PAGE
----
Germany will not be challenging to lift the European Championship trophy in 2020, and that's fine given the team's new development cycle. The current squad lacks in two key areas, writes DW's Jonathan Harding.
Germany might have finished top of their qualifying group and lost only once in 2019, but they are not going to challenge for the European championships next summer. Given that the team is in the first stages of a new cycle of development, this is exactly where Germany should be.
Both Joachim Löw and Germany have recovered somewhat from the debacle in Russia last year. Löw made changes to the faces in the squad and the style of play, and as the European Championship looms, it is clear this new Germany have taken that first step in their rebuild.
In Serge Gnabry, Germany (and Löw) finally have the explosive striker they have been looking for since Timo Werner failed to fill the role. The midfield quartet of Toni Kroos, Joshua Kimmich, Ilkay Gündogan and Leon Goretzka is beginning to gel, transitioning into different roles and taking up different positions throughout games. The decision to move Kimmich out of the right-back spot was bold given his excellence in the position, but, with every passing game, he is looking more accomplished as both a playmaker and a holding midfielder. While Kroos and Gündogan aren't going to be leading like Bastian Schweinsteiger, Goretzka's ability to score gives Germany a free-scoring midfielder for the first time since Michael Ballack.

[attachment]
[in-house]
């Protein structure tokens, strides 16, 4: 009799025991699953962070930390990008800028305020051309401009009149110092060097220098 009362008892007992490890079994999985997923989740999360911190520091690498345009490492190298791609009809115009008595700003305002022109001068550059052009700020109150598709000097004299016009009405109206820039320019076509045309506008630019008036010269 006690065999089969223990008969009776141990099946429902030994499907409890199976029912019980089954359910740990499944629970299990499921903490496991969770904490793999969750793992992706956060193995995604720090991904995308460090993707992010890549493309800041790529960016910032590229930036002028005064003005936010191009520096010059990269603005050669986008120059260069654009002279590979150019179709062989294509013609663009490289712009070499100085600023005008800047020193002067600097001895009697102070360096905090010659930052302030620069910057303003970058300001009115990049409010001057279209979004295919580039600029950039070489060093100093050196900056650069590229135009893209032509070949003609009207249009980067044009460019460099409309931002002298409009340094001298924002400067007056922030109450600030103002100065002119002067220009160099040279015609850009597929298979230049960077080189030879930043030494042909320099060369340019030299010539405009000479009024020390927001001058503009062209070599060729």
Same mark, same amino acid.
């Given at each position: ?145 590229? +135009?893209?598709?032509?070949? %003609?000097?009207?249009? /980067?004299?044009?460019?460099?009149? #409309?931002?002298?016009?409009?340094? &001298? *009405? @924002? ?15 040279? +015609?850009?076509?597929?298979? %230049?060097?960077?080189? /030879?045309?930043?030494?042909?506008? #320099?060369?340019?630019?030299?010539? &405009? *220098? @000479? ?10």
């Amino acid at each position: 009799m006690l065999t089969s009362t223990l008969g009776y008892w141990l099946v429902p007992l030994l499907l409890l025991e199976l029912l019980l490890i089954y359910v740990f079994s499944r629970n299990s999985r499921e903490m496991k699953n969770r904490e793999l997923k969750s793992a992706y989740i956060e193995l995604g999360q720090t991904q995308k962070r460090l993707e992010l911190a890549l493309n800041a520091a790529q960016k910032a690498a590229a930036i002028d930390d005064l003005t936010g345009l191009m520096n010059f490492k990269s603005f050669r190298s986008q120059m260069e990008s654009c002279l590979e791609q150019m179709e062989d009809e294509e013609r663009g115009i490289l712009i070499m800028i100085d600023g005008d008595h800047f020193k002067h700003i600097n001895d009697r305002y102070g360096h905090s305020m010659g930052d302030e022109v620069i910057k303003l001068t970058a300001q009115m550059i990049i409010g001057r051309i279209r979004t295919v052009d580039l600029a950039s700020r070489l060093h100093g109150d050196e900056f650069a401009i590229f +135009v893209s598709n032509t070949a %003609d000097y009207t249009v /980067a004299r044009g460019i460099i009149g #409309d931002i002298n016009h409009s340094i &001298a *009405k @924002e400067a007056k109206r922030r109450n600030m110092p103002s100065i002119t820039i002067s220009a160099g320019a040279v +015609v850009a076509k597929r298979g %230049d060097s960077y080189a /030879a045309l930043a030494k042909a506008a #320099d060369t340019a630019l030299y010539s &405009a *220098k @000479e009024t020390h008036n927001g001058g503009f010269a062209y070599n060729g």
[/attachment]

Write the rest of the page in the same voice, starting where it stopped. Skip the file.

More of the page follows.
Löw's attempt to get Germany playing more transitional football rather than the heavy, possession-based approach that cost them so dearly in Russia is gradually paying off. The recent swatting away of weaker opposition is important for team unity and pushes the wobbles from early in the year further from memory.
Nevertheless, the team's evolution remains in its early stages. Injuries have hampered Löw's ability to develop more than a core, and it takes time to get a new group playing a new style of football — especially after such a tumultuous 18 months. Add to that, Germany are short of any elite players in defense.
With Germany's best defender (Niklas Süle) likely out of the tournament due to injury andLöw refusing to acknowledge Mats Hummels' club form, there is little stability or standout quality in the heart of the defense. Matthias Ginter has stepped up, but there are too many question marks about all the other options. Defensively, the major consolation is that Manuel Neuer has returned to form — well, returned for everyone but Marc-Andre ter Stegen, that is.
The Euros will serve as a key building block towards Germany's chances of challenging for the 2022 World Cup, when Löw — or whoever heads the national team then — will look to have a group of players at their peak. Until then, Germany are short of quality in defense and still developing their ability to play a new style of football. Individual talent could lead them to a surprise spot in the final, but a quarter or semifinal finish is more likely. And, in truth, that's fine. This is not a golden age of German football, nor is it the disappointment of last year. The foundation for this new team has been set. Now it's time to build.